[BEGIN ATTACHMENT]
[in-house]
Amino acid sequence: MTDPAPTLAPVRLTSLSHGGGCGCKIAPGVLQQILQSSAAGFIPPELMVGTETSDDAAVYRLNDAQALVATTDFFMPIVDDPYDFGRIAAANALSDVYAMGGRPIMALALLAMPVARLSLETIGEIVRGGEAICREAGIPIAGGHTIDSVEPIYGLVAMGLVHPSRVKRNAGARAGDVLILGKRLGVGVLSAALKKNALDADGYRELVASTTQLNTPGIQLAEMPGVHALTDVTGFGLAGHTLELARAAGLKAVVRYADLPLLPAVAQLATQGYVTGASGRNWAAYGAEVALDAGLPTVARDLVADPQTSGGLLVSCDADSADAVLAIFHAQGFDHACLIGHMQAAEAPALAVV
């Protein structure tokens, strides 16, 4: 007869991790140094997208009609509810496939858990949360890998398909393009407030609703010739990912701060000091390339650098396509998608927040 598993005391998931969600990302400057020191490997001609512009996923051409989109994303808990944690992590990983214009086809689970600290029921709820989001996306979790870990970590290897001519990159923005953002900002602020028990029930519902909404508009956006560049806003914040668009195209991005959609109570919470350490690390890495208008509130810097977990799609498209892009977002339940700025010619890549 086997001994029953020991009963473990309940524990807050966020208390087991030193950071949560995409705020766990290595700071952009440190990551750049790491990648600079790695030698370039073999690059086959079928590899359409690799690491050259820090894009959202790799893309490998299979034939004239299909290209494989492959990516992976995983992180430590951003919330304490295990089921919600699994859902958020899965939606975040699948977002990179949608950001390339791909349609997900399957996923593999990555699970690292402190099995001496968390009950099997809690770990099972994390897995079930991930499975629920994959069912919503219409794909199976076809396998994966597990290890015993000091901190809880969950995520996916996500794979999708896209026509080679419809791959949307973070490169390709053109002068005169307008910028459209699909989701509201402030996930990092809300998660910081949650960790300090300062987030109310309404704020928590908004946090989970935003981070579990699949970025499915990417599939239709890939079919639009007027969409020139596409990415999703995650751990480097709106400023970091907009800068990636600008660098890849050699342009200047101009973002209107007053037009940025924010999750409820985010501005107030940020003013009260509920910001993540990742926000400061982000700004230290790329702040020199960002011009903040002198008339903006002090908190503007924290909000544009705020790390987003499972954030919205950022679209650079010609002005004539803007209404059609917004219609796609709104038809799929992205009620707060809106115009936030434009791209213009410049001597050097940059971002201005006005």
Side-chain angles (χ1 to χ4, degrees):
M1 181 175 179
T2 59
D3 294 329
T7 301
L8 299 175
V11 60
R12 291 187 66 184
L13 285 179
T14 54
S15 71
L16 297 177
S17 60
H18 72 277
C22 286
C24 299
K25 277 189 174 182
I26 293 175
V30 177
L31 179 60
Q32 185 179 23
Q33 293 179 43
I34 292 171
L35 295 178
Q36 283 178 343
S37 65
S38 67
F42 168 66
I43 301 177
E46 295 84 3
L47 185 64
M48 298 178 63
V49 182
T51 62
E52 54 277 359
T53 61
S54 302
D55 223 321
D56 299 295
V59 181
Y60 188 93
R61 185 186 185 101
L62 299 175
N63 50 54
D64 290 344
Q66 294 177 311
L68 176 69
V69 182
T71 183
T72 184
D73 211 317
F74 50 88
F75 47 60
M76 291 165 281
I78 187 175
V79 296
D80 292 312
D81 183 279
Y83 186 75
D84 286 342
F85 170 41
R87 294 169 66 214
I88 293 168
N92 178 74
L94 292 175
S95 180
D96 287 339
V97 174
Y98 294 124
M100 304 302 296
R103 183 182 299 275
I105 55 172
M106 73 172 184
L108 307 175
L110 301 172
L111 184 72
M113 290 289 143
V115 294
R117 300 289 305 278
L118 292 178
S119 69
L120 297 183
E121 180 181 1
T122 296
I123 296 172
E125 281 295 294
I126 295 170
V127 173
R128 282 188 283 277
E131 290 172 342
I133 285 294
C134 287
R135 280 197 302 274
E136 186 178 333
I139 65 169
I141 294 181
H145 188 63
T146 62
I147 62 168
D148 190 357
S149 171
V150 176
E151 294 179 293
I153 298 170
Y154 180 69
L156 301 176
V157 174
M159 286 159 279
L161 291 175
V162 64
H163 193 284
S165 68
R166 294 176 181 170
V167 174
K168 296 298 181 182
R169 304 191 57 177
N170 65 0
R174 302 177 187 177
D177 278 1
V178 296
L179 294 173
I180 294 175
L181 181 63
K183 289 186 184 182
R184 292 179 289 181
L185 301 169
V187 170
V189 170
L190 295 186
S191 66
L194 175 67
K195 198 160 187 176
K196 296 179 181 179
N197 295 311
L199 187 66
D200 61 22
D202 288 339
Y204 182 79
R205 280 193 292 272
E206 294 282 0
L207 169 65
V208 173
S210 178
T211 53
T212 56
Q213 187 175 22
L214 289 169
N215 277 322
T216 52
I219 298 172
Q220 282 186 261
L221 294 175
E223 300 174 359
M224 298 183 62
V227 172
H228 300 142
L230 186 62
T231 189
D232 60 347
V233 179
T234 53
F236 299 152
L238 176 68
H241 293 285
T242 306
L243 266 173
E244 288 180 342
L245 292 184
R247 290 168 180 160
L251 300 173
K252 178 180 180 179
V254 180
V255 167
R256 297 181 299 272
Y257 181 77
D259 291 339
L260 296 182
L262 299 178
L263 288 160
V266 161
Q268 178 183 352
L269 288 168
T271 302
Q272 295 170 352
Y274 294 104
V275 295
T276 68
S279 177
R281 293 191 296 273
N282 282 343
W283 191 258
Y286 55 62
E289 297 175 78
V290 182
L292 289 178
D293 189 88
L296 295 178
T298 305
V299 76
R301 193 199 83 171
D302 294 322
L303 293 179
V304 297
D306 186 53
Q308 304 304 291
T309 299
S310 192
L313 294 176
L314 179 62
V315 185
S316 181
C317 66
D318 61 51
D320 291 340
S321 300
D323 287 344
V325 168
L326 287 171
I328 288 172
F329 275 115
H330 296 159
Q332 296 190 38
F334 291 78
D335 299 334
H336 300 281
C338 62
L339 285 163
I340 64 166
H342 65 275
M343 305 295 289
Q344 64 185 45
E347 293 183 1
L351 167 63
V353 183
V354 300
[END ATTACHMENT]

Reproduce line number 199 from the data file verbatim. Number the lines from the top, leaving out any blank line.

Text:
D293 189 88